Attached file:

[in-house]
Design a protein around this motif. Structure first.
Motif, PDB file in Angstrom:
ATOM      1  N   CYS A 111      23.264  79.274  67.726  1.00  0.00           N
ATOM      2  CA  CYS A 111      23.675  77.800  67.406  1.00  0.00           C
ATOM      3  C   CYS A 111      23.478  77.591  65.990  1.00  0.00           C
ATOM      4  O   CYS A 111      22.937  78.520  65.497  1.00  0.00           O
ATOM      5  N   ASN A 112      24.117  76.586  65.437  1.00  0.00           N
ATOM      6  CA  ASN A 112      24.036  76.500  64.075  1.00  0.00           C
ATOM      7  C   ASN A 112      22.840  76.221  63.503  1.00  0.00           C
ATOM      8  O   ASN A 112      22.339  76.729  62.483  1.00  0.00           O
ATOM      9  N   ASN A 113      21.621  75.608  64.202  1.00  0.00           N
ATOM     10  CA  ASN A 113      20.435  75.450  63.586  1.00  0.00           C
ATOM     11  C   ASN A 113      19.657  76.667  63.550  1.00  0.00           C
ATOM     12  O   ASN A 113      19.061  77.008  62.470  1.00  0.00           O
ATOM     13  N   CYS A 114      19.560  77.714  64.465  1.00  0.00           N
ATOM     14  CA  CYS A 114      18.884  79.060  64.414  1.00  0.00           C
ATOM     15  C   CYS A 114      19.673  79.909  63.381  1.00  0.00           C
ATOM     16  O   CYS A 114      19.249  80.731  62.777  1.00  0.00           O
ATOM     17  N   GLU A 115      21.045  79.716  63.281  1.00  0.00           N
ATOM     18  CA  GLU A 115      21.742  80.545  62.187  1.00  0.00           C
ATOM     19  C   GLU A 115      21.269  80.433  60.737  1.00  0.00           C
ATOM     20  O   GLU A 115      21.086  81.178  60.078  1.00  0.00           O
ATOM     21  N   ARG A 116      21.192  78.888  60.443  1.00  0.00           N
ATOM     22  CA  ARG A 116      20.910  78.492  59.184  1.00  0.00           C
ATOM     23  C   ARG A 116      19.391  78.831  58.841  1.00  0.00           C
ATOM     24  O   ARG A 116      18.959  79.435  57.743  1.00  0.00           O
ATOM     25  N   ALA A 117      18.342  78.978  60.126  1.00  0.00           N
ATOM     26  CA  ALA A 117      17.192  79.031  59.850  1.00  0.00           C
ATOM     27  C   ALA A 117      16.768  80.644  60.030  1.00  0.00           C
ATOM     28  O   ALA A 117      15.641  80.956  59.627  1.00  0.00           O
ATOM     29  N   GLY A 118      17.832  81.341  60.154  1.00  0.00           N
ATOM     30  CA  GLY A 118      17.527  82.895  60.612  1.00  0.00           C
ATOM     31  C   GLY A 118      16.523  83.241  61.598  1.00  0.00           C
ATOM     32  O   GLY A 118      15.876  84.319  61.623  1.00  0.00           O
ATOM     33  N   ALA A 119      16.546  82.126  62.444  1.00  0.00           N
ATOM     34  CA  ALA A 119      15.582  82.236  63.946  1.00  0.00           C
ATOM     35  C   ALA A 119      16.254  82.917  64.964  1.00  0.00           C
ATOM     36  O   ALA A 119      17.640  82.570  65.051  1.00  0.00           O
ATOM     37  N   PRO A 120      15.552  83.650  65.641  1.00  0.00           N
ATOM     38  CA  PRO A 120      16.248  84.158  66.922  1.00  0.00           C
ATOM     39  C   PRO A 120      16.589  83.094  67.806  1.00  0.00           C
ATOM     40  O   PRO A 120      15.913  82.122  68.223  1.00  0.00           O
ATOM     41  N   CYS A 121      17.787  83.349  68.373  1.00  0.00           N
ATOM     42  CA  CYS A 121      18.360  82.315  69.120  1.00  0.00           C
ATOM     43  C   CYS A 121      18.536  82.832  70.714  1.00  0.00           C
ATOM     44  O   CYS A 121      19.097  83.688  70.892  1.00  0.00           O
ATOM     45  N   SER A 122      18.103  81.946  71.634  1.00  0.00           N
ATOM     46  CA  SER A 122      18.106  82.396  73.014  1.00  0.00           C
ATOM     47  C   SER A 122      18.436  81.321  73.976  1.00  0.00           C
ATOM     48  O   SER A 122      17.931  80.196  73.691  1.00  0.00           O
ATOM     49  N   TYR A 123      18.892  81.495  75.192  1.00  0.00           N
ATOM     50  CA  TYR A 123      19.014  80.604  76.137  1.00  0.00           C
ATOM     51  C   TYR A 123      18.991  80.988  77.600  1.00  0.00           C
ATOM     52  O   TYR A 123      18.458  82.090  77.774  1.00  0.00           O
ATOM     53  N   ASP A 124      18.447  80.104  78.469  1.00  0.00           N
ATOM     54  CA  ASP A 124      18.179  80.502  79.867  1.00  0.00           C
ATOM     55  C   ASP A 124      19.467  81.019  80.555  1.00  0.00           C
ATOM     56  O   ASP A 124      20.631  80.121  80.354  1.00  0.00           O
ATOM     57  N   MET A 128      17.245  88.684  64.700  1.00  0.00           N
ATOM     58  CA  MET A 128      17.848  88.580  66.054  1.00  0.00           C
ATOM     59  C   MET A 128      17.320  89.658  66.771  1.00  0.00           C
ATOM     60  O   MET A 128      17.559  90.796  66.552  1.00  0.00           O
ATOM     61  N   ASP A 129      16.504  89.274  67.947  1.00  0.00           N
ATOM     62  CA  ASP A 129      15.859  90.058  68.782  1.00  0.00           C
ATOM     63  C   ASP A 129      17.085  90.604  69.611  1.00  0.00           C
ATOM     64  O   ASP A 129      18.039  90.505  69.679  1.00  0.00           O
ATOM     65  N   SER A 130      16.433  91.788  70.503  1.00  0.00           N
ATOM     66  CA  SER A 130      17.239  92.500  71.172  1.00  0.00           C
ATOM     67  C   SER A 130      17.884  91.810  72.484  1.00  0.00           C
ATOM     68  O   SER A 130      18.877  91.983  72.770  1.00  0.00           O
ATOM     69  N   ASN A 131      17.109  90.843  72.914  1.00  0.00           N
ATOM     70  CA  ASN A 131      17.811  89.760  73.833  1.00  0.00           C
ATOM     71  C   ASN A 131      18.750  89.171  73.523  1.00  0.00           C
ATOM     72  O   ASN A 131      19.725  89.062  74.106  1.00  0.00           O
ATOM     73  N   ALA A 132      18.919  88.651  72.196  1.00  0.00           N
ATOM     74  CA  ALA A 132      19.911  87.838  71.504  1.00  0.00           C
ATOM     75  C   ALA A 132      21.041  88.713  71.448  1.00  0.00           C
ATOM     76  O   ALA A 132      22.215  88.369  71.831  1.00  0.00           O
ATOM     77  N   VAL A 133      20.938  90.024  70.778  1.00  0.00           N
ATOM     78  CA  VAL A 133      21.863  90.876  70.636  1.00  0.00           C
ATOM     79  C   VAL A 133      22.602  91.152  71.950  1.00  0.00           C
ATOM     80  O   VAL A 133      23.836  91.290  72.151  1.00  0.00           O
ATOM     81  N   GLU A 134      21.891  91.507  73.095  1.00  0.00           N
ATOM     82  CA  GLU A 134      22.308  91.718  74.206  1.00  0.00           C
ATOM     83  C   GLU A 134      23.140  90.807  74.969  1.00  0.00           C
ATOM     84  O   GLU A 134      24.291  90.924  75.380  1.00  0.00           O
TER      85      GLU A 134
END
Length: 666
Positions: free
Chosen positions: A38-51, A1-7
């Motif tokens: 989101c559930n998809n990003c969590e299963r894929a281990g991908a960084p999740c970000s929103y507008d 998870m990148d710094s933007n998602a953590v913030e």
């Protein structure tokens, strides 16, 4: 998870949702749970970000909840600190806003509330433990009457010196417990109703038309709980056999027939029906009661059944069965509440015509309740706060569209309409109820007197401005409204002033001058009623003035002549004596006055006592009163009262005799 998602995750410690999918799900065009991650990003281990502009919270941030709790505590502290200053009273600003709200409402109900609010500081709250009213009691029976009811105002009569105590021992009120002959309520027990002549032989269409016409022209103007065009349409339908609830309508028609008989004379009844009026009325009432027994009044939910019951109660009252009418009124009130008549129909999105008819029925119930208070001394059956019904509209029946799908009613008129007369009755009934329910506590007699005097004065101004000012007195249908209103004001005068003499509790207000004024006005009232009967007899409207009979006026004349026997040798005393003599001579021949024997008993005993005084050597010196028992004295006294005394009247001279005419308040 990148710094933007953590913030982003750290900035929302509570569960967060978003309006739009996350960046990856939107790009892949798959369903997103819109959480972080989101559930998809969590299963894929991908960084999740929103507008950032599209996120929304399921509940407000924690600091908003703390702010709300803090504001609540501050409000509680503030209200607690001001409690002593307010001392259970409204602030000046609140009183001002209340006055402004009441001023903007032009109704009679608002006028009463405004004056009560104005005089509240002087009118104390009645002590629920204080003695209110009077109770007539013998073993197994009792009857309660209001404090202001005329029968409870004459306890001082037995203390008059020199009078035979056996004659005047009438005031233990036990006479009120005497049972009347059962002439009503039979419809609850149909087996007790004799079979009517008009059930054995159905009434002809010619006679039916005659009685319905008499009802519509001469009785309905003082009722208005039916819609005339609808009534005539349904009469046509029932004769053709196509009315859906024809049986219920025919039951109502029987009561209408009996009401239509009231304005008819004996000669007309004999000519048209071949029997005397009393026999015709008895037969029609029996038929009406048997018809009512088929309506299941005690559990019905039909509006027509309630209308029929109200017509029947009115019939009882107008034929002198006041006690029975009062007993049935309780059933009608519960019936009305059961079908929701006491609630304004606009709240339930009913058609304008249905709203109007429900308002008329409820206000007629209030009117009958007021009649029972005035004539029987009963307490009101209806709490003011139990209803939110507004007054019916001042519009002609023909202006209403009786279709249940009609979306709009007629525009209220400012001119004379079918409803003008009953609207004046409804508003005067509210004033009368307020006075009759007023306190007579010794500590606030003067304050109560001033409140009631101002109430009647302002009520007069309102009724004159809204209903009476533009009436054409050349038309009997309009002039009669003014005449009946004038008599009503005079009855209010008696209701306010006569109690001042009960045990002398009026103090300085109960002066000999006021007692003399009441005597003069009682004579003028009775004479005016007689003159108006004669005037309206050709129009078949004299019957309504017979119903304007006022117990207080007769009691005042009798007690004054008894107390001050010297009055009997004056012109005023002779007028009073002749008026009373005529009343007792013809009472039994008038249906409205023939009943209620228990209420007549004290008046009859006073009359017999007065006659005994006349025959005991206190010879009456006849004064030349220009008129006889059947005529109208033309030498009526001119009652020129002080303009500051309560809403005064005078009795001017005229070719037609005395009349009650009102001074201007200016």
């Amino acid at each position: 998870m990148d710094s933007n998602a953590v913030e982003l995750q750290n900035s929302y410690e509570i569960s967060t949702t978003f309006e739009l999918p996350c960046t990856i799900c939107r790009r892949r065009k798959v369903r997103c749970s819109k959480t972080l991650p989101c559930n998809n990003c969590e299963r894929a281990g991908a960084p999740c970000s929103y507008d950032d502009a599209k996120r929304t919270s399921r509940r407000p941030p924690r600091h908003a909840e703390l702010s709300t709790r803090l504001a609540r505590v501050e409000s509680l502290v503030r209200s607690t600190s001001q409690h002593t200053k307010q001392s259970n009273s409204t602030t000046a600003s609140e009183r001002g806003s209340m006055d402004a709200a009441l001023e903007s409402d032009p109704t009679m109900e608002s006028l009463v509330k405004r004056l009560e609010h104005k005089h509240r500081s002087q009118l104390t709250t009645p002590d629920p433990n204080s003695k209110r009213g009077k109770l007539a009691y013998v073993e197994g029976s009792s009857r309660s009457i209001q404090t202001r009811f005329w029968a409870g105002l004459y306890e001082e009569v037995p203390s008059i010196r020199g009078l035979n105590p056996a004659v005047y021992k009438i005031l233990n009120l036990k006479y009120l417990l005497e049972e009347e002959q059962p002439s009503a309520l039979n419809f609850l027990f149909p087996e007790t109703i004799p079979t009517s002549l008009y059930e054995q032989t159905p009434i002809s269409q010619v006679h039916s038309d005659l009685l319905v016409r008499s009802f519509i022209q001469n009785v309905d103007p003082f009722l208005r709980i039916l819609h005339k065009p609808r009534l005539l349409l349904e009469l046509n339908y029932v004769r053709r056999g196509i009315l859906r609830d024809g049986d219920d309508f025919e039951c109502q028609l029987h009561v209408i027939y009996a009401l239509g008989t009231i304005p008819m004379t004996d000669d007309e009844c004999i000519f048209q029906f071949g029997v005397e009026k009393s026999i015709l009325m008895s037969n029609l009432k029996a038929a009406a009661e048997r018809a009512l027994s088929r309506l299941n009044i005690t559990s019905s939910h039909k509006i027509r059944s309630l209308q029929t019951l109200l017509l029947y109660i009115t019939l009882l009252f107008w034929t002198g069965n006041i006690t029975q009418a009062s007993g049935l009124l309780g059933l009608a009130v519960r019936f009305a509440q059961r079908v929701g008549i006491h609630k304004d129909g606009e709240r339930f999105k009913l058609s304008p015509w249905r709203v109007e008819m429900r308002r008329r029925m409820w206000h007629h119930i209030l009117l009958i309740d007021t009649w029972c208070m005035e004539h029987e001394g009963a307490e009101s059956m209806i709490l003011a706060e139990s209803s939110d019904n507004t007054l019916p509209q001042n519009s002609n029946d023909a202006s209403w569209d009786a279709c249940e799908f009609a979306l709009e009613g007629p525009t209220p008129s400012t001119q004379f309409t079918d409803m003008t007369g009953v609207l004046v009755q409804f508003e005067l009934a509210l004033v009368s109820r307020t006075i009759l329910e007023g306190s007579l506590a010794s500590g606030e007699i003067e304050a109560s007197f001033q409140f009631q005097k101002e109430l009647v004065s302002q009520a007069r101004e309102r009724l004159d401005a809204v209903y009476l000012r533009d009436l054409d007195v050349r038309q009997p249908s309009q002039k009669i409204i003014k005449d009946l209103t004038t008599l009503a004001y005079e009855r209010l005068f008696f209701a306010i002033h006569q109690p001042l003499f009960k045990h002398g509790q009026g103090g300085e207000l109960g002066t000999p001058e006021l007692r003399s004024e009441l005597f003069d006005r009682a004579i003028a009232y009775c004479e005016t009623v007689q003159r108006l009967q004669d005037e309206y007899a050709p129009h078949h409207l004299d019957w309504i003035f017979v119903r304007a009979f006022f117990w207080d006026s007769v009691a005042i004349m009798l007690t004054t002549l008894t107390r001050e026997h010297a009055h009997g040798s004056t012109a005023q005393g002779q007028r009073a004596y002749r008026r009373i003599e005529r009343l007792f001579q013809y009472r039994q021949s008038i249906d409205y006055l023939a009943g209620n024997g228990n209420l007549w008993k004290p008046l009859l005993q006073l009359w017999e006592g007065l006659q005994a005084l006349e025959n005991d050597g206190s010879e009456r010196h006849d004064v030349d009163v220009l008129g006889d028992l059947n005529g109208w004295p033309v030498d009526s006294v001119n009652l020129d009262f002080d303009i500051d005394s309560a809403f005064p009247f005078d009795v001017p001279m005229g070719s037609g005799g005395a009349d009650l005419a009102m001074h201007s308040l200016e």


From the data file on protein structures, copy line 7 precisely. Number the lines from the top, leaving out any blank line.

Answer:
ATOM      4  O   CYS A 111      22.937  78.520  65.497  1.00  0.00           O